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Cord Cutting & Second-Screen Activity Continue To Rise: CTA

TV-viewing habits continue to change.

More consumers are dropping traditional pay-TV subscriptions, and half of online consumers using such devices as smartphones and tablets to augment what they see on TV, the Consumer Technology Association (CTA) found in a consumer survey.

Eleven percent of the online consumers surveyed said they canceled their cable-, satellite-, or telco-delivered pay-TV service in the past year. Of those, 27 percent cited alternatives available at a lower cost.

In addition, 21 percent of consumers say they haven’t had a subscription to a traditional pay-TV provider for more than a year, and 32 percent of them said they did not watch enough TV programming to justify subscription costs.

While pay-TV watching is down, more consumers are getting video content through paid video-streaming services, rising to 46 percent from a year-ago 39 percent, CTA found.

Nonetheless, traditional pay-TV providers remain the most-used resource for consuming content for 61 percent of the online population.

Millennial movement: Cord cutting and second-screen usage are higher among millennials than in any other age group.

A total of 88 percent of millennials (ages 18 to 34) engage in second-screen behaviors when watching TV, CTA found. Seventy-one percent engage with social media while watching video content. That’s 40 percentage points higher than adults 35 and older. Also, 70 percent of millennials watch content on another device during TV commercials, a rate that is 32 percentage points higher than adults 35 and older.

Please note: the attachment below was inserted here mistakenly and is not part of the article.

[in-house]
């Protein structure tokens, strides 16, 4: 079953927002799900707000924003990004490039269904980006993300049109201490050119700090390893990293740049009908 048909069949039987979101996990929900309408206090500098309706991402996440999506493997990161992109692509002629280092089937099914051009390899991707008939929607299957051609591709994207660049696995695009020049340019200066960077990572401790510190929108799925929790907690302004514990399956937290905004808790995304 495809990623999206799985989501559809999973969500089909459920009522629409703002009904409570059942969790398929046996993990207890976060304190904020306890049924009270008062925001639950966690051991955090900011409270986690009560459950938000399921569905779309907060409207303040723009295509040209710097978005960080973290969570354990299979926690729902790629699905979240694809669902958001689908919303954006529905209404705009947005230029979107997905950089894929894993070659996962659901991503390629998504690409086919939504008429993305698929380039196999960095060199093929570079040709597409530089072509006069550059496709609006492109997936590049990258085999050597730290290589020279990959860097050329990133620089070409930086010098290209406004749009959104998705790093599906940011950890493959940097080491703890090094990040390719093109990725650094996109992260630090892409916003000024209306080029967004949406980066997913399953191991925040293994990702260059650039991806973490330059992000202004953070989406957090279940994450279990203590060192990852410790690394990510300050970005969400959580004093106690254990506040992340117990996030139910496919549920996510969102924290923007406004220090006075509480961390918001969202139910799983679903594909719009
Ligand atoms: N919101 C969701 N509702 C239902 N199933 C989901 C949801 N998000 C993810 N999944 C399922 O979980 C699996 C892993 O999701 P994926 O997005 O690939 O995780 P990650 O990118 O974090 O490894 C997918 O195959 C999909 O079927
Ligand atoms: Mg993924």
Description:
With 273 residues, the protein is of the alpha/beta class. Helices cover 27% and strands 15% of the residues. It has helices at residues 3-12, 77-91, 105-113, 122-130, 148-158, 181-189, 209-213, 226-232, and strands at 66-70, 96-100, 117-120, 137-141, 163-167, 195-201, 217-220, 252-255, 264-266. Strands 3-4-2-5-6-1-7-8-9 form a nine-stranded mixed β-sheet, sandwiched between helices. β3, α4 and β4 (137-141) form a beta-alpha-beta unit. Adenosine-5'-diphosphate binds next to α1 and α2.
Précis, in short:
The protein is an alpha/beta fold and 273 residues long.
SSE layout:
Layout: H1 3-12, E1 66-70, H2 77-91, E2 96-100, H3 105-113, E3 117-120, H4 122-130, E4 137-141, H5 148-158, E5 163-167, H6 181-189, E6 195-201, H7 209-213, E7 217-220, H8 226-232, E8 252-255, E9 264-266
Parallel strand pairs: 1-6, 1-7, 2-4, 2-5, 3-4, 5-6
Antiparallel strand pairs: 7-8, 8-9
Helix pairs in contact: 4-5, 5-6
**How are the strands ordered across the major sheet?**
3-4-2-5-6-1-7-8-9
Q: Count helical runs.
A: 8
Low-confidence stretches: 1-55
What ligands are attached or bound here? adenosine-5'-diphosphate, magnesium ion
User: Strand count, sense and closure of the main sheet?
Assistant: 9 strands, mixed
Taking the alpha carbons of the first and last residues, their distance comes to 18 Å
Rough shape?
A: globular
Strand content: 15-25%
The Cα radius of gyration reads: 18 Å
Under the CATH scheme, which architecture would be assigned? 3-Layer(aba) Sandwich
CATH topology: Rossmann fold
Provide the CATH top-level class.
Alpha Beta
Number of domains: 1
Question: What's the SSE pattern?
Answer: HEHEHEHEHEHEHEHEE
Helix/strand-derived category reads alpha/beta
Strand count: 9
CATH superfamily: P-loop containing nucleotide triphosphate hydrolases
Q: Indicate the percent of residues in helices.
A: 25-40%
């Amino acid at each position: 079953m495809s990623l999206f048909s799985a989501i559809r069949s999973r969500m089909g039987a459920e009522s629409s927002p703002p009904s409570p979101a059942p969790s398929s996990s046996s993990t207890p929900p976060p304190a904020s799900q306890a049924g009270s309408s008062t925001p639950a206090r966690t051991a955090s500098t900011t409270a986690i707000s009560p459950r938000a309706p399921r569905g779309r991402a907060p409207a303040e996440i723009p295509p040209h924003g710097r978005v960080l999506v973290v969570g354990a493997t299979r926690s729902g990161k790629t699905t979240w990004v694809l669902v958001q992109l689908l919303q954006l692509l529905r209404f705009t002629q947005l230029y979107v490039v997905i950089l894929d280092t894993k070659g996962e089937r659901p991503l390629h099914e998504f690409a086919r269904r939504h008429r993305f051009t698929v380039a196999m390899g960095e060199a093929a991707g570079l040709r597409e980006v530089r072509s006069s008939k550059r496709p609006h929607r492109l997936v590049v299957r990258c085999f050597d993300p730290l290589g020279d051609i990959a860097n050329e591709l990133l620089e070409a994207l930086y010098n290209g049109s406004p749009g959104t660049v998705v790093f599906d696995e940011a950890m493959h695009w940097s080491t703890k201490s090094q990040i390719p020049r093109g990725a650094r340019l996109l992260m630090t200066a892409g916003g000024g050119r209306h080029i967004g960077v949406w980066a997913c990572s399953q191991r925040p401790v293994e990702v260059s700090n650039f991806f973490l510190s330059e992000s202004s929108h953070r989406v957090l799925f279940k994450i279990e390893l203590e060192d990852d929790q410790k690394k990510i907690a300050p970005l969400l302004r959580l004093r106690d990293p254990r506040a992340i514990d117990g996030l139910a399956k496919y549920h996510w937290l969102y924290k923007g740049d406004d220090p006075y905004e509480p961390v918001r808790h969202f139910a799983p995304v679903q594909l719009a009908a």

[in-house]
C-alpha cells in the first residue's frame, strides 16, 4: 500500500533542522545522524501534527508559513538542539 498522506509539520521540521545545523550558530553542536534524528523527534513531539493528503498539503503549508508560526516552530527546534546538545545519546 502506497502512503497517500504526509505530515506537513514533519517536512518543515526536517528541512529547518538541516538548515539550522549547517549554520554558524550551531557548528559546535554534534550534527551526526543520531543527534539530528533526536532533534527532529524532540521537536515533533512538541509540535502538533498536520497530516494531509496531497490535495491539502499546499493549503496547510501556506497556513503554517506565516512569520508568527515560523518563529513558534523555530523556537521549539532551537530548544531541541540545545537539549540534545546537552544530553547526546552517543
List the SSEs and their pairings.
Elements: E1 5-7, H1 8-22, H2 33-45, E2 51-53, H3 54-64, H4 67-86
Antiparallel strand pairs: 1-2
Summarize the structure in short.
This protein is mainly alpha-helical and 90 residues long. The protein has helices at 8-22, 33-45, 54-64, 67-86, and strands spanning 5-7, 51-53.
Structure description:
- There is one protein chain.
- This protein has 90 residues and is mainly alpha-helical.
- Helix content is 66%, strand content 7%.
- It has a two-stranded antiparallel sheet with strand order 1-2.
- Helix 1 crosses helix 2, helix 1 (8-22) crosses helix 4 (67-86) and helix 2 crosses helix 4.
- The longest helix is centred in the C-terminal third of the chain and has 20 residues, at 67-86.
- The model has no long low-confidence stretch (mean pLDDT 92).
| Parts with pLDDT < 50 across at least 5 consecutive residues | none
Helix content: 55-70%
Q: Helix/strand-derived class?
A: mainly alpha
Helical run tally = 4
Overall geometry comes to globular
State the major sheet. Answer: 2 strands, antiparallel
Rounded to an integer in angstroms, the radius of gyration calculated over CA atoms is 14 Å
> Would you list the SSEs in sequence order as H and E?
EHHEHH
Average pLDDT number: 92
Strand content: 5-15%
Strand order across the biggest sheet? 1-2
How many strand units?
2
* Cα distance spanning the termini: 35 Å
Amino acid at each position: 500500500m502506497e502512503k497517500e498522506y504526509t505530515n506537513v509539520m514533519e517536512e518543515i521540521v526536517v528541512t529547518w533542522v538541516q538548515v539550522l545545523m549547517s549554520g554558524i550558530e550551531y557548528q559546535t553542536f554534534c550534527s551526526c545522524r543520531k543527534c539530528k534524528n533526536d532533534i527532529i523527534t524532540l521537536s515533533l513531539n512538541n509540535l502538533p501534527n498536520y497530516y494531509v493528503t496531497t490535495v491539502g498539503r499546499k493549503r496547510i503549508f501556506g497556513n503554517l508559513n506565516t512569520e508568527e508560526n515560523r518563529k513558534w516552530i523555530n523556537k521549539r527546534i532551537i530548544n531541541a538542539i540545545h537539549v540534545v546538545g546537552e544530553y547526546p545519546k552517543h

All told, half of online Americans use devices such as phones and tablets to augment first-screen content to access information about the content they’re viewing. Forty-eight percent use a second screen to watch content on other devices during commercials, and 43 percent follow social media discussions either related or unrelated to the programming.

Streamed content: The survey also found that while TVs remains the most-preferred device for viewing most video content, screens on computers, tablets and smartphones are preferred collectively for watching streamed content by 57 percent of consumers, or 13 percentage points higher than for TVs. For most types of video content, millennials are more likely to watch from non-traditional devices (42 percent) compared with adults 35 and older (22 percent).
Separately, a report by Ampere Analysis finds cord cutting rising throughout the words. See this report in TV Technology.